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Be Careful With Oracle SE2 – Especially With RAC!

Updated 02/05/2019

Since December 2015 Database “Standard Edition 2” has replaced SE1 and SE as the only Database Edition, other than Enterprise Edition, which brings challenges to Database performance, high availability and cost.

The new version of SE for Database brings new licensing rules which will have a huge impact on anyone who has been using Standard Edition One and/or Standard Edition to date, especially if they’re running RAC on SE.

Here’s the detail from the updated “Database Licensing” document found here.

“Oracle Database Standard Edition 2 may only be licensed on servers that have a maximum capacity of 2 sockets. When used with Oracle Real Application Clusters, Oracle Database Standard Edition 2 may only be licensed on a maximum of 2 one-socket servers. In addition, notwithstanding any provision in Your Oracle license agreement to the contrary, each Oracle Database Standard Edition 2 database may use a maximum of 16 CPU threads at any time. When used with Oracle Real Application Clusters, each Oracle Database Standard Edition 2 database may use a maximum of 8 CPU threads per instance at any time. The minimums when licensing by Named User Plus (NUP) metric are 10 NUP licenses per server.”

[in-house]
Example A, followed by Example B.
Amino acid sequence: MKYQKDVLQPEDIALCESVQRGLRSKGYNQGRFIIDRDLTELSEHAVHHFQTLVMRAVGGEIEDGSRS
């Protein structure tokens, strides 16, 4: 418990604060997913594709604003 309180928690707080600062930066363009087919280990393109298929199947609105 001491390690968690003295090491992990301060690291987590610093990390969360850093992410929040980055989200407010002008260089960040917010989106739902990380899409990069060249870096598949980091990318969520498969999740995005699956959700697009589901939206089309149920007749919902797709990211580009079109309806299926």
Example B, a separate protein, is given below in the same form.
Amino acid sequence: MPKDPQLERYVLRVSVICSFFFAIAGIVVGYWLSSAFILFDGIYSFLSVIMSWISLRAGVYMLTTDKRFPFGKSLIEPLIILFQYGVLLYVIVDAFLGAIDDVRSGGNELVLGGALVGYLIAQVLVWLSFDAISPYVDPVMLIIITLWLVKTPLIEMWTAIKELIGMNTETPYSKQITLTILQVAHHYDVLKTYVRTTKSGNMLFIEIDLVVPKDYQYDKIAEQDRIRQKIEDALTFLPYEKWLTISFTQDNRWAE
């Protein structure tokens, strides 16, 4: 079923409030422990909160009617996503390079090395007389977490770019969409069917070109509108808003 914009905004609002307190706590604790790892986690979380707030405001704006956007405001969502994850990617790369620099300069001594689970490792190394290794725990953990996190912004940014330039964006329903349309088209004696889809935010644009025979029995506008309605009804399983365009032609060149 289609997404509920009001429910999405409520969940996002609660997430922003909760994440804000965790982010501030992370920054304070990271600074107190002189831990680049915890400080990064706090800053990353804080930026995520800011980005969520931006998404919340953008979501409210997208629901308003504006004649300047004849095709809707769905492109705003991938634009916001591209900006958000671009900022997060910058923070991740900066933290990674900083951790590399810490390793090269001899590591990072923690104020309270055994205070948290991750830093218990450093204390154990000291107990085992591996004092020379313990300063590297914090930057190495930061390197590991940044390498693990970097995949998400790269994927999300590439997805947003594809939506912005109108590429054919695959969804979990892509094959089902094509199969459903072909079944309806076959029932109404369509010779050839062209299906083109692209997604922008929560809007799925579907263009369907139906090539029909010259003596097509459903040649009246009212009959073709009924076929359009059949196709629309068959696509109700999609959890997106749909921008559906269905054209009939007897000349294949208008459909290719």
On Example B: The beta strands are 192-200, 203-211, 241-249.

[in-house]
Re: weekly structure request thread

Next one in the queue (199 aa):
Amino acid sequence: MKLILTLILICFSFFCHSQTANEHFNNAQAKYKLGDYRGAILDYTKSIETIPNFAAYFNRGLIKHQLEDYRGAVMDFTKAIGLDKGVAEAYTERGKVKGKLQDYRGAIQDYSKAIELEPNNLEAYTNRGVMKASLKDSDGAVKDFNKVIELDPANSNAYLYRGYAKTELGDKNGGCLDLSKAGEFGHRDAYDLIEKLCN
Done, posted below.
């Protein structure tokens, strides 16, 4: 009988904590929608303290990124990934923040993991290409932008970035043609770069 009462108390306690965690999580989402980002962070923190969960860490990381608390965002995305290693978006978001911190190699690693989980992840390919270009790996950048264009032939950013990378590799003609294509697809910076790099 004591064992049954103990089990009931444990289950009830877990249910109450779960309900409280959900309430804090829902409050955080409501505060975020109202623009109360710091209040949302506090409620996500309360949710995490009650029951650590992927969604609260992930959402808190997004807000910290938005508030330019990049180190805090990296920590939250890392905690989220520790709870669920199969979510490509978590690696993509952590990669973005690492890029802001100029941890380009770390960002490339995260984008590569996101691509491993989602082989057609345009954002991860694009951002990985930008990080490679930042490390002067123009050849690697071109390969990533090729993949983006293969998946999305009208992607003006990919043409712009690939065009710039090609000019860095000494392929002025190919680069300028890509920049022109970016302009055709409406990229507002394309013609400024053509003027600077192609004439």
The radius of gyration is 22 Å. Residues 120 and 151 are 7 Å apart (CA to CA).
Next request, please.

More information about SE2 and its feature matrix compared to SE1/SE and EE can be found here.

 

So what does this mean for customers?

    • Oracle Database Standard Edition 2 (SE2) replaced SE and SE1 from version 12.1.0.2
    • SE2 has a limitation of maximum 2 socket systems and a total of 16 CPU threads*
      • *note not cores!
      • SE2 is hard coded in Resource Manager to use no more than 16 CPU threads.
    • RAC is still included with SE2 but is restricted to 2 sockets across the cluster. Therefore, each Server must be single socket. One socket occupied in a two socket server for RAC is not recongised![box type=”warning”] Effective with Oracle Database 19c, Standard Edition 2 (SE2) RAC will no longer be allowed/supported. This change will mainly take effect with 19c (19.3) GA and hence is not widely documented yet.[/box]

      https://docs.oracle.com/en/database/oracle/oracle-database/19/dblic/Licensing-Information.html#GUID-0F9EB85D-4610-4EDF-89C2-4916A0E7AC87 – Table 1.9 Scalability


      Consider NOW before upgrading to 19c:

      Convert SE2 RAC Databases to Single Instance
      Migrate your SE2 RAC Databases to Enterprise Edition (EE) and purchase the RAC Database Option
      Migrate your SE2 RAC to the Oracle Cloud

  • SE One and SE were no longer available to purchase from 10th November 2015.
  • If you need to purchase additional DB SE and SE One Licenses you must purchase SE2 instead and install the version of 11g as required from here. Note – you must still comply with the license rules for SE2.
  • Oracle is offering a FREE license migration from SE One* and SE to SE2.
    • *SE One customers will have to pay a 20% increase in support as part of the migration.